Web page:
Heralded as a revolution in mental health care – a cost-effective way to deliver evidence-based psychological help to large numbers – low-intensity Cognitive Behavioural Therapy (CBT) is recommended by NICE, the independent health advisory body in England and Wales, for mild to moderate depression and anxiety.
Prior studies into its effectiveness have been promising. However, little research has looked at whether the benefits last.
Why the advice to take all your antibiotics may be wrong – Stat News By Helen Branswell @HelenBranswell – February 9, 2017
If you’re taking antibiotics, don’t stop taking them until the pill vial is empty, even if you feel better. But the warning, a growing number of experts say, is misguided and may actually be exacerbating antibiotic resistance.
The reasoning is simple:
- Exposure to antibiotics is what drives bacteria to develop resistance.
- Taking drugs when you aren’t sick anymore simply gives the hordes of bacteria in and on your body more incentive to evolve to evade the drugs, so the next time you have an infection, they may not work. Continue reading
The box of prescription drugs had been forgotten in a back closet of a retail pharmacy for so long that some of the pills predated the 1969 moon landing. Most were 30 to 40 years past their expiration dates
the cache was an opportunity to answer an enduring question about the actual shelf life of drugs: Could these drugs from the bell-bottom era still be potent?
The age of the drugs might have been bizarre, but the question the researchers wanted to answer wasn’t. Continue reading
Israeli researchers have devised a multivariable index that appears to accurately reflect patients’ experience of pain during surgery.
This kind of objective “pain measurement” is the holy grail of pain management, but I wouldn’t trust it – would you?
I suspect not.
Pain is such a primal sensation with a literally overpowering impact that I cannot bring myself to trust some device, no matter how ingenious, to detect the enormity and full significance of this sensation. Continue reading
I know that various unusual therapies work for some people some of the time (myself included), but they are truly a hit and miss proposition.
They’re among the nation’s premier medical centers, at the leading edge of scientific research.
Yet hospitals affiliated with Yale, Duke, Johns Hopkins, and other top medical research centers also aggressively promote alternative therapies with little or no scientific backing.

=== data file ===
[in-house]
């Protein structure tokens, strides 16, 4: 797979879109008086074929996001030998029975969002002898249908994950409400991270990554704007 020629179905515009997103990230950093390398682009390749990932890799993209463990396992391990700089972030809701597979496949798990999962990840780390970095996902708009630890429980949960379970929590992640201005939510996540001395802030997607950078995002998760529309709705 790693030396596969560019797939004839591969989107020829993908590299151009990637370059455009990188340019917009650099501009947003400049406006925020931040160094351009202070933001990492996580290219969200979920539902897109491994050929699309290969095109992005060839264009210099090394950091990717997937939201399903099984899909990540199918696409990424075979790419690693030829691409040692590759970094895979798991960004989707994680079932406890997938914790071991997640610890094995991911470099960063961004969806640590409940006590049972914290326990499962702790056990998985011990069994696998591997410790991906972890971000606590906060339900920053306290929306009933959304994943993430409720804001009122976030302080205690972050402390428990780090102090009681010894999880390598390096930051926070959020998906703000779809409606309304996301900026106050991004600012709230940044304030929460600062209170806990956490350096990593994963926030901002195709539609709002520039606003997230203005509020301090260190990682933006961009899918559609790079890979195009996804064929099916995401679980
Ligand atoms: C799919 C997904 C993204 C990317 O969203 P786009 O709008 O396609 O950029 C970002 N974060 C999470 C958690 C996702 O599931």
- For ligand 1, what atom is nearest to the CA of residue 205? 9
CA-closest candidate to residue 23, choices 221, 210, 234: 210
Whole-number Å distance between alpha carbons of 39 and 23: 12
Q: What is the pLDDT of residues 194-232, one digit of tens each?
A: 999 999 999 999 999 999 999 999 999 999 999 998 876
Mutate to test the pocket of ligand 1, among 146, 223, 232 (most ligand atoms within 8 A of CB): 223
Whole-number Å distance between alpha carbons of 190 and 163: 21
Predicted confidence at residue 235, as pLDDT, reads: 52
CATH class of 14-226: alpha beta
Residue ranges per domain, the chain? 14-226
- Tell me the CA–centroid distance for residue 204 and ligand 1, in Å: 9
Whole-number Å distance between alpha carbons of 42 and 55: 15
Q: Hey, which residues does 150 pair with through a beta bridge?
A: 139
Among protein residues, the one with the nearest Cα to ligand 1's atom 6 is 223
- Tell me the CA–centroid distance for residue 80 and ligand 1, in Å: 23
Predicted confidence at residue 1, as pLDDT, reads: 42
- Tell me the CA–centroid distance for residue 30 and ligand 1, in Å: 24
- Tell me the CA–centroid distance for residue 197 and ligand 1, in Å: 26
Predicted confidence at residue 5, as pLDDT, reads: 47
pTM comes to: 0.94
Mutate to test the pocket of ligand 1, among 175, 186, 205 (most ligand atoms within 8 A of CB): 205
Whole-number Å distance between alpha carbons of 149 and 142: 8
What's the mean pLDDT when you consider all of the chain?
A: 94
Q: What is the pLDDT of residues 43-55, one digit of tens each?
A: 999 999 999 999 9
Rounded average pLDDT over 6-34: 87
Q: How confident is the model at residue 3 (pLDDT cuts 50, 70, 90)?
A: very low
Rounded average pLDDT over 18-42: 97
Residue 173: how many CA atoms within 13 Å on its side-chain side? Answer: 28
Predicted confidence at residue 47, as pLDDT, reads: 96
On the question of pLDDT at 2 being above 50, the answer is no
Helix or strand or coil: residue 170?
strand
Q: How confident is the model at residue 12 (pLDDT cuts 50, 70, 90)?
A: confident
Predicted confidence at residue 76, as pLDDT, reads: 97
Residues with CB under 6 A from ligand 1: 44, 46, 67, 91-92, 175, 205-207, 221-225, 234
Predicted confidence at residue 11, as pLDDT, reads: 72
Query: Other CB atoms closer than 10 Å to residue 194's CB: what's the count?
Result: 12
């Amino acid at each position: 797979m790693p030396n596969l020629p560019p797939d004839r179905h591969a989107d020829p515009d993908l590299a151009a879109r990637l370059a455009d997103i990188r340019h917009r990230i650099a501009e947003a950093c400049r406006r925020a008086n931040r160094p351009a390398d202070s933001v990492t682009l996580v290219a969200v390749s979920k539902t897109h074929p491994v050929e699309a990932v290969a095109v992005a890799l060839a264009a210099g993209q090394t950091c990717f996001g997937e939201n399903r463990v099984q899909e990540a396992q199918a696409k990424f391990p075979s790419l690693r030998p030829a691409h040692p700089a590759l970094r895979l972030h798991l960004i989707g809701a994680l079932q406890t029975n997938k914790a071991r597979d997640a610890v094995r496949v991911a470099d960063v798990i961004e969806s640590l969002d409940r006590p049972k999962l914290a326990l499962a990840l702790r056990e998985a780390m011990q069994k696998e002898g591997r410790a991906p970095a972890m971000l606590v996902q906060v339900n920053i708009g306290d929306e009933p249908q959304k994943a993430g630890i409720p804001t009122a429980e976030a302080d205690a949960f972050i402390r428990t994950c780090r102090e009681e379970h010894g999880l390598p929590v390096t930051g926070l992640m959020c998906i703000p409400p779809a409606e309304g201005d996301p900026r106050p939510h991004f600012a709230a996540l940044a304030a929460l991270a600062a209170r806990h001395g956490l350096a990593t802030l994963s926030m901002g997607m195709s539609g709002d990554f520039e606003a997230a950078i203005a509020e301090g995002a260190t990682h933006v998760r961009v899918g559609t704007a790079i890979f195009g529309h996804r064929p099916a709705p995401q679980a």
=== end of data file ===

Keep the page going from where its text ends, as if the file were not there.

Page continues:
They offer “energy healing” to help treat multiple sclerosis, acupuncture for infertility, and homeopathic bee venom for fibromyalgia. A public forum hosted by the University of Florida’s hospital even promises to explain how herbal therapy can reverse Alzheimer’s. (It can’t.) Continue reading
Elisabeth Rosenthal Explains How U.S. Health Care Became Big Business: Shots – Health News : NPR – April 10, 2017 – Heard on Fresh Air
Dr. Elisabeth Rosenthal, a medical journalist who formerly worked as a medical doctor, warns that the existing system too often focuses on financial incentives over health or science.
“We’ve trusted a lot of our health care to for-profit businesses and it’s their job, frankly, to make profit,” Rosenthal says.
Rosenthal’s new book, An American Sickness, examines the deeply rooted problems of the existing health-care system and also offers suggestions for a way forward. She notes that under the current system, it’s far more lucrative to provide a lifetime of treatments than a cure.
On what consolidation of hospitals is doing to the price of care
In the beginning, this was a good idea: Hospitals came together to share efficiencies. You could share records of patients so the patient could go to the medical center that was most appropriate.
Now that consolidation trend has kind of snowballed and skyrocketed to a point … that in many parts of the country, major cities only have one, maybe two, hospital systems. And what you see with that level of consolidation is it’s kind of a mini-monopoly.
What happens, of course, when you have a mini-monopoly is you have an enormous sway over price. And so, what we see in research over and over again is that the cities that have the most hospital consolidation tend to have the highest prices for health care without any benefit for patient results.
On the ways the health-care industry stands to profit more from lifetime treatment than it does from curing disease